Reflections from Mia

It’s hard to believe we’re on our last two weeks of surveys. For me, the time here has flown by. Three months ago we were five strangers, moving into a house in an unfamiliar area for a job that we didn’t completely understand yet. We’ve come a long way since then. We’ve grown to know each other as roommates, coworkers, and friends, and we’ve worked hard to find a balance among those three roles. In addition to getting to know each other well, we also have come to know the lakes we work at. We started off only with the knowledge that we would be surveying at bunch of random sites around three lakes in north Georgia. Now we all have our favorites and least favorites, and we pretty much know what to expect from certain sites. For example, seeing a morning shift at Carter’s on your schedule is always something to look forward to, since it means a laid back shift at work and leaves the rest of the day to do whatever you want. On the other hand, being scheduled to work the late shift at Lanier on a Saturday or Sunday afternoon is one of the most dreaded things that can happen to you in the survey world. Working at Allatoona is always pretty neutral in my opinion. It’s close to our house, and you can usually expect a steady flow of visitors made up mostly of friendly local people.
Other than switching up sites and partners every two weeks, the surveys themselves have remained pretty consistent. We’ve gotten our routes, site setups, and opening statements to the point where we hardly even need to think twice about them. At this point in the season visitor traffic has slowed down a lot, even on weekends. The kids are back in school, and Labor Day is less than two weeks away. According to one of the rangers at Lanier, these next couple of weeks will be hit or miss, then after Labor Day there will be practically nobody at the lakes. It’s almost hard to imagine.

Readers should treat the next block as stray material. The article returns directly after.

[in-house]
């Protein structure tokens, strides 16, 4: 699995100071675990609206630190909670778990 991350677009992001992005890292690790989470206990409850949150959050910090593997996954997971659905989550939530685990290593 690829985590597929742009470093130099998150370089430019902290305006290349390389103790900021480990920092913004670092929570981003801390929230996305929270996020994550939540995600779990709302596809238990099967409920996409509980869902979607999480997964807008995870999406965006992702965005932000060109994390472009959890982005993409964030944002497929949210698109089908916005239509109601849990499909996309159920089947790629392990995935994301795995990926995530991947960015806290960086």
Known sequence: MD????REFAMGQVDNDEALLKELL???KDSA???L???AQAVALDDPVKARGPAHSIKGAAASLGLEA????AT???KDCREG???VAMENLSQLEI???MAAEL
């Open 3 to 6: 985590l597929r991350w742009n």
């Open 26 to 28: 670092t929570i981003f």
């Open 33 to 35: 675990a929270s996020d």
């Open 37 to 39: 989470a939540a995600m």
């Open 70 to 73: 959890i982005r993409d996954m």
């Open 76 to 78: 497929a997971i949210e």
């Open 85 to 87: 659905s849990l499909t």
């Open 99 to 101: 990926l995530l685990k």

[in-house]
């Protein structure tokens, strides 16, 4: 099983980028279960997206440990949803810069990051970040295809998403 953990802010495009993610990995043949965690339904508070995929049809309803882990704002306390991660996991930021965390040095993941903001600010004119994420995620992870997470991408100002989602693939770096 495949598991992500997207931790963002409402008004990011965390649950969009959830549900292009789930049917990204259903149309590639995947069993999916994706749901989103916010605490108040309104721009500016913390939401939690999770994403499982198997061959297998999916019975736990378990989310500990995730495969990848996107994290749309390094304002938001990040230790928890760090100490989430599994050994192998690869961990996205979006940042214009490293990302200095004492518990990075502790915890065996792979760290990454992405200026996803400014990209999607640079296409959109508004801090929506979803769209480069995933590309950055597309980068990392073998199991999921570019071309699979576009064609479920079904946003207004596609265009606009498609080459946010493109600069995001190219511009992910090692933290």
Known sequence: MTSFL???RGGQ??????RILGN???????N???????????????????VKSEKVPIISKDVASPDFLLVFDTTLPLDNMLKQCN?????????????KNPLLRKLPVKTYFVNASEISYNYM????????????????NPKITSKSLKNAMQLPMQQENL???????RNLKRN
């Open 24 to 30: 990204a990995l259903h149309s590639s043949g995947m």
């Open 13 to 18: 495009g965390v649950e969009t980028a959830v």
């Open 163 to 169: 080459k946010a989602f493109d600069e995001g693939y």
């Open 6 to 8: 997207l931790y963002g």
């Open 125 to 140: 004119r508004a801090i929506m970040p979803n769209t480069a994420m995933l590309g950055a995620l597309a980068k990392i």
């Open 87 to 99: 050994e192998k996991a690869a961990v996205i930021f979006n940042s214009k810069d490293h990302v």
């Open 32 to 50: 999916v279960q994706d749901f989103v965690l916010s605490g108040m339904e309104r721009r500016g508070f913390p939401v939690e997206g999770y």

For me at least, this summer hasn’t only been about surveys. It’s also been a time to explore future career opportunities, gain networking contacts through rangers, and get to know each other and ourselves on a deeper level. The majority of us came into this internship having no idea what we were going to do afterwards. The end of summer seemed a long way off, and now here we are at the end of August. Everyone now has a plan for when they leave, whether it’s moving onto other SCA positions, traveling the world, accepting a paid position, or just exploring several options and trying to decide the best place to go from here (okay, so maybe that last one is just me).
But wherever we each end up, I think we’ll all be taking something with us from this summer, whether we know it or not.
Written by Mia